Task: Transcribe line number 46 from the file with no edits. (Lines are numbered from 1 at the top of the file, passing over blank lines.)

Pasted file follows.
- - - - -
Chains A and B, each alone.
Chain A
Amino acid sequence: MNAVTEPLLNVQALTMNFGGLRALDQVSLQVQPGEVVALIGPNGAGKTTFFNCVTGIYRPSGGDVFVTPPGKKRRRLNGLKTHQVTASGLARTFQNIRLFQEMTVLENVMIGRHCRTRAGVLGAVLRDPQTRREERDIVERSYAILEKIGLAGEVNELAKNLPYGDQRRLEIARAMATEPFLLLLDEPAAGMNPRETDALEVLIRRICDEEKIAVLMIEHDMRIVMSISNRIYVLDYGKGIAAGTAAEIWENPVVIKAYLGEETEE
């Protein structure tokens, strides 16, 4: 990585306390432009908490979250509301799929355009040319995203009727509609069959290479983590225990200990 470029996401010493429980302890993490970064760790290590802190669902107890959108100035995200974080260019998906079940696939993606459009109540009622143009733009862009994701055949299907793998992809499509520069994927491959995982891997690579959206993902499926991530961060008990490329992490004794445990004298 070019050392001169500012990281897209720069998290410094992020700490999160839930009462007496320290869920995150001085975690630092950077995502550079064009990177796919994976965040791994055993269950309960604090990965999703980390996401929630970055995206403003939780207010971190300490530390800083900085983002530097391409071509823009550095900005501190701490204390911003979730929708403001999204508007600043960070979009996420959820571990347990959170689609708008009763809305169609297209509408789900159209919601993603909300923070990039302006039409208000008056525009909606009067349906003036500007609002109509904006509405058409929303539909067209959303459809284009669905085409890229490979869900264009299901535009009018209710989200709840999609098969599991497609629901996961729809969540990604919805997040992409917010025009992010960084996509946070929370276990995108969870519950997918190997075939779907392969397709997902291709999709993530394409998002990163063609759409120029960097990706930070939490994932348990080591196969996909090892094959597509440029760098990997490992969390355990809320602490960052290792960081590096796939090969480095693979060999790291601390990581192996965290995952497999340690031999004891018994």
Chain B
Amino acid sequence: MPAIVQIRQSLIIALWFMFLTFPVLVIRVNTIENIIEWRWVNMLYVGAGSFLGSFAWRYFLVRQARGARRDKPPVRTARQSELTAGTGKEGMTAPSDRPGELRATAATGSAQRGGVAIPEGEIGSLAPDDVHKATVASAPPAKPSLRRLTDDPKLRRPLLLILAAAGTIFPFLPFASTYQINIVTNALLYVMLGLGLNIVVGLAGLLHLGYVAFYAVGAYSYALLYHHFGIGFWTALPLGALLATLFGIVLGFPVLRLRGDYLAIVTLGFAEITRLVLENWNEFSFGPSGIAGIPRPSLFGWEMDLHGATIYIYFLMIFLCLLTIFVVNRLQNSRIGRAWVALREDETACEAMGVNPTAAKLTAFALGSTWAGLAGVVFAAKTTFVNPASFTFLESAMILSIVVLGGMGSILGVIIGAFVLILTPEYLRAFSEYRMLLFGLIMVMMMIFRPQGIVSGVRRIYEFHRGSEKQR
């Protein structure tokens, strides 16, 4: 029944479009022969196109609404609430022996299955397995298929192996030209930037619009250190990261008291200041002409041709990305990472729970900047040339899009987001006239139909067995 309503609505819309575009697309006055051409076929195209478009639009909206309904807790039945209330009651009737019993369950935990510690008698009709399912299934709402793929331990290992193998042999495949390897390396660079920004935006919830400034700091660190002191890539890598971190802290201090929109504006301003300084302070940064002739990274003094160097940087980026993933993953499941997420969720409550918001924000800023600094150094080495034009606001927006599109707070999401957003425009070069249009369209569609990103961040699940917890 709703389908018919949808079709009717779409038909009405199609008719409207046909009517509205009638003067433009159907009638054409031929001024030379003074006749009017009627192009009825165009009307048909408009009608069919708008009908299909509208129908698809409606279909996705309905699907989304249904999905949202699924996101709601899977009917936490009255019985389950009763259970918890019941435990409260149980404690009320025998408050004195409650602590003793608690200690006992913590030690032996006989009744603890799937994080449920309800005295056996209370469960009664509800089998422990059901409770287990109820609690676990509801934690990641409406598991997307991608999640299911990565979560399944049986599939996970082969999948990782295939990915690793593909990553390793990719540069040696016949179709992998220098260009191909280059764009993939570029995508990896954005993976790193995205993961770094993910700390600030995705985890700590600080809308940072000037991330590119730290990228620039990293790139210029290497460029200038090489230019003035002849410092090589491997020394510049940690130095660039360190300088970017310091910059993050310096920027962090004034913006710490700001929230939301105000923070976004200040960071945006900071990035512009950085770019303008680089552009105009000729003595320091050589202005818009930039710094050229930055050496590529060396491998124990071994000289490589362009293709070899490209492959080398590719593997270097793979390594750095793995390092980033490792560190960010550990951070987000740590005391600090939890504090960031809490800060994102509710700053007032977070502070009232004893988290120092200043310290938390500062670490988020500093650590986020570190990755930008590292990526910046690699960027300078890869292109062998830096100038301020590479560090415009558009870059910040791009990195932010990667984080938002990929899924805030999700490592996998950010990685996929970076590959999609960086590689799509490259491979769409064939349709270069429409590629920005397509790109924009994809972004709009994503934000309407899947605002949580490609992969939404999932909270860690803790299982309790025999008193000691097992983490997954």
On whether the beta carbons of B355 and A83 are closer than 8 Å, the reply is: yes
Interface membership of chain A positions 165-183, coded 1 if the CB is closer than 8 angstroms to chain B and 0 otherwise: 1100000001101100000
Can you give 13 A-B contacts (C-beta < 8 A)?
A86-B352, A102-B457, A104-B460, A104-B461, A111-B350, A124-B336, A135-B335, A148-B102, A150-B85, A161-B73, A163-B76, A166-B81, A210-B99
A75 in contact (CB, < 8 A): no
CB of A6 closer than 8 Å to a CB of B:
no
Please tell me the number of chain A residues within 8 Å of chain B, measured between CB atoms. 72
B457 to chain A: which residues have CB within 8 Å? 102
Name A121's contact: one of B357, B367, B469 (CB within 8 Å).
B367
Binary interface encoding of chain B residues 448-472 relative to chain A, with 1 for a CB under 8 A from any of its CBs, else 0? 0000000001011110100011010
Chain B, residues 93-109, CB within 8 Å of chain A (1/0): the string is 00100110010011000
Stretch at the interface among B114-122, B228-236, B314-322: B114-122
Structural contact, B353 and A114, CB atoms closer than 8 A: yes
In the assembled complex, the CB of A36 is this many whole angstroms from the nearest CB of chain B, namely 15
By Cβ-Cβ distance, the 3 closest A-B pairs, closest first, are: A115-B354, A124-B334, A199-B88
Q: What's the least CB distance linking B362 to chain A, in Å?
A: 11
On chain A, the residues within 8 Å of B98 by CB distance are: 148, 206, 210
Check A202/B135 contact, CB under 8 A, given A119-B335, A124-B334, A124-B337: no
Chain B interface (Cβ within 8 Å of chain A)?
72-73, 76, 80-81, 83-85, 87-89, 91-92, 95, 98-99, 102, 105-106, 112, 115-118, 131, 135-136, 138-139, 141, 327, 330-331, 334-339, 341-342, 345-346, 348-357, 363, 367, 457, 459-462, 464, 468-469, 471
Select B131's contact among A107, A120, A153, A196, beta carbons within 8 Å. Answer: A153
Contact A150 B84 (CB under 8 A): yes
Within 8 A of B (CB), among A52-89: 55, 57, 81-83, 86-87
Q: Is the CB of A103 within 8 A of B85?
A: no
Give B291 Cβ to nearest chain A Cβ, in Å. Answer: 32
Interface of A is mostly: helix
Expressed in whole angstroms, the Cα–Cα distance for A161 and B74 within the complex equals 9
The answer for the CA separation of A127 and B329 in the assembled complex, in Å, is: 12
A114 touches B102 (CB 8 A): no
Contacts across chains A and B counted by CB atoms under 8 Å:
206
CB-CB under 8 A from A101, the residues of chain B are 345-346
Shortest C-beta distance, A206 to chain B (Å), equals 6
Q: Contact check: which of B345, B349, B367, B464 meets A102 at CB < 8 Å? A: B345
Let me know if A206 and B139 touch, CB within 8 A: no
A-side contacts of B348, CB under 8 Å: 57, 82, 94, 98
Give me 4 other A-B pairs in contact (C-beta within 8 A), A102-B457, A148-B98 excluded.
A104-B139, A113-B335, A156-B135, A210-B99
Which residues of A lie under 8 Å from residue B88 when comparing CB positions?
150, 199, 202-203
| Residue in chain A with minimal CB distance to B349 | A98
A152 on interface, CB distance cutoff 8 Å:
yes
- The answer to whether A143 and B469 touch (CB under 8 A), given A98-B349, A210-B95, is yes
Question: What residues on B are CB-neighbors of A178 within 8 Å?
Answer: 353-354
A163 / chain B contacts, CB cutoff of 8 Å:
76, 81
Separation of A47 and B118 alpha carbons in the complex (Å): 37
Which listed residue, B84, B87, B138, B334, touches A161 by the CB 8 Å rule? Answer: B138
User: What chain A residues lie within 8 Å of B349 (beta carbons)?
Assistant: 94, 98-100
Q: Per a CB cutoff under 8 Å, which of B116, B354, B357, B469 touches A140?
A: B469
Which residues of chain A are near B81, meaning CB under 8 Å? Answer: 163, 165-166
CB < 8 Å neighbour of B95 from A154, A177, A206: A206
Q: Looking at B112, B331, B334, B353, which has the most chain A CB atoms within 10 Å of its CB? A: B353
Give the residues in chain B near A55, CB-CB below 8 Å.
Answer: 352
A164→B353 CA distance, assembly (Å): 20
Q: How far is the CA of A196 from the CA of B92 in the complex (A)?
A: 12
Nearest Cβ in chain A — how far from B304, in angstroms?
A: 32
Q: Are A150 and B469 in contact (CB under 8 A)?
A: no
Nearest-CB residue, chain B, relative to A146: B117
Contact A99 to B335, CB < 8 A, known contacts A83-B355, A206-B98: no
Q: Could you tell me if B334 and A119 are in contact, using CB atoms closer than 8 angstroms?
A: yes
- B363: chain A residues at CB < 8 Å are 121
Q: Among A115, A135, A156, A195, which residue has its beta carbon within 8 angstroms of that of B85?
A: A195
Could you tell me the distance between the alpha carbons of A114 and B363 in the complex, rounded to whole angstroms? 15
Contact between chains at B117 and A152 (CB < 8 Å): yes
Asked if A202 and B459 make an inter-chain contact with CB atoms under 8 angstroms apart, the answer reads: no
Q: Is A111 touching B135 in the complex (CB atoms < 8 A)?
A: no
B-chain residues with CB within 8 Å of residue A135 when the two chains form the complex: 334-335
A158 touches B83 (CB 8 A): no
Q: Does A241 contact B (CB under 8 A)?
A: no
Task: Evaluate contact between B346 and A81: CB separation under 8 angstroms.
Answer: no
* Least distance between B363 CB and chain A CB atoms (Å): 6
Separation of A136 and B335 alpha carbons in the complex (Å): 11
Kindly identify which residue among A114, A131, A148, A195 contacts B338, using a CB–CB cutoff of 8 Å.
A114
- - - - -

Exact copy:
Let me know if A206 and B139 touch, CB within 8 A: no